Grist for the Mill

This past weekend I went to New York to visit family.  We had tickets to go to the 9/11 Memorial site.  There are two pools there where the two towers stood.

When I first started writing a few years ago, I took a class at Meredith College with Angela Davis-Gardner.  My initial attempt at a story was based on a PostSecret postcard.  It read:  "All those who knew me before 9/11 believe I'm dead."  I could not stop thinking about what that person's story was, and began to write my ideas.

The story has some strong sections, but this weekend I realized that it captures none of the real terror of that day.  I had just finished reading Don Delillo's book, Falling Man, which did a beautiful job of getting inside the head of two people who escaped from the towers that day.  The image of the Falling Man, a stunt person who reinacted someone falling from the towers, especially sticks with me.  I looked at the Brooklyn Bridge and thought of all those people running horrified away from the island.  Women must have been in heels; people were covered in dust; hearts must have been racing, loved ones in their thoughts.

I know that 9/11 is the defining event of my lifetime.  I hope we never see anything as horrifying as that on our soil, and that we are more compassionate and sensitive to those who live with terror and fear every day for having witnessed the day.

The atmosphere around the reflecting pools is still electric with what happened.  I saw people crying and I know that the emotions were not just felt by those who found names engraved on the stone around the pools.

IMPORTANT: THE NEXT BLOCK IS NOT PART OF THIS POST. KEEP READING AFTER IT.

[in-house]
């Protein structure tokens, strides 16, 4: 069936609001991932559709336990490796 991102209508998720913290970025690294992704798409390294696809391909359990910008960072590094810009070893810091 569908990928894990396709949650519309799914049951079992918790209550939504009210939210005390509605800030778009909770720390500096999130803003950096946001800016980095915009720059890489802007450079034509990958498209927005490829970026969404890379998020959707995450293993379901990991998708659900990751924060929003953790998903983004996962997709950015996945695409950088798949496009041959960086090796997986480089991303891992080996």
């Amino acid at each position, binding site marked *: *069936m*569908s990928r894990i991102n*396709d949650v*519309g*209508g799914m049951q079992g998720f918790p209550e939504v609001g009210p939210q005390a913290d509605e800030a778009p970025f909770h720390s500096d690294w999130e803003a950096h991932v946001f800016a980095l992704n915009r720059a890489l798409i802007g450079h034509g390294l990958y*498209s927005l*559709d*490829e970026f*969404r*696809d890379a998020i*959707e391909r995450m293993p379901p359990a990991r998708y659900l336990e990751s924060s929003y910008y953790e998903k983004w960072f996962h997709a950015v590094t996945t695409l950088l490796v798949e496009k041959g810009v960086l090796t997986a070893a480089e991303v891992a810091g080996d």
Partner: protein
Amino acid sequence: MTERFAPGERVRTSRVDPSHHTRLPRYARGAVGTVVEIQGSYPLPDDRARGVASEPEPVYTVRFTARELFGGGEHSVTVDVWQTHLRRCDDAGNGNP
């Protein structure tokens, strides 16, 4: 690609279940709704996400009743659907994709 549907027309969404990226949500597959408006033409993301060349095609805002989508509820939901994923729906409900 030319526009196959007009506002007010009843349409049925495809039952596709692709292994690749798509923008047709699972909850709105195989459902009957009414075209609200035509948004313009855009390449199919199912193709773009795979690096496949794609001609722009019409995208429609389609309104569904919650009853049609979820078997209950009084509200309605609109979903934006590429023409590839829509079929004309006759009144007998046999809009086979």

As a writer, I will draw on my emotions from my visit this weekend and go back to my story and revise.  My character, Annalyn, hasn't been sent to the depths of disappearing yet, and I'm more prepared now to take her there.

Wednesday, June 6, 2012

The Word of the Month is...

It all started when I picked up the latest issue of  The Sun Magazine.  The Readers Write section was called "Good Advice."  It was a longer than usual section; everyone wanted to tell their experience with following or rejecting advice.

Then a family member called.  "I need to talk about something.  I don't want any advice.  I just want you to listen."

Day before yesterday I met with some people about how to raise funds for an organization.  "Ask for (and listen to) advice from people who raise and dispense money."

Last night I had dinner with a writer friend.  We both needed advice and took turns asking and giving..

Advice is a tricky thing.  We all want to give it.  A few of us want to get it.  Some of us don't want to get it but do anyway.  And a very few of us, like my family member, know how to let you know they don't want it.

In a very short while I've been told how to listen to advice and use it to my advantage.  I've asked outright for it, been asked to refrain from giving it, refrained from giving it.

Tomorrow I'm going to ask a friend for some more advice, and if anybody asks me for some, I'll be only too happy to give it.  But I'm also going to be more aware that it's not always what someone wants when he or she comes to me with a problem, and I'll try to listen with my heart open, keeping my good advice to myself!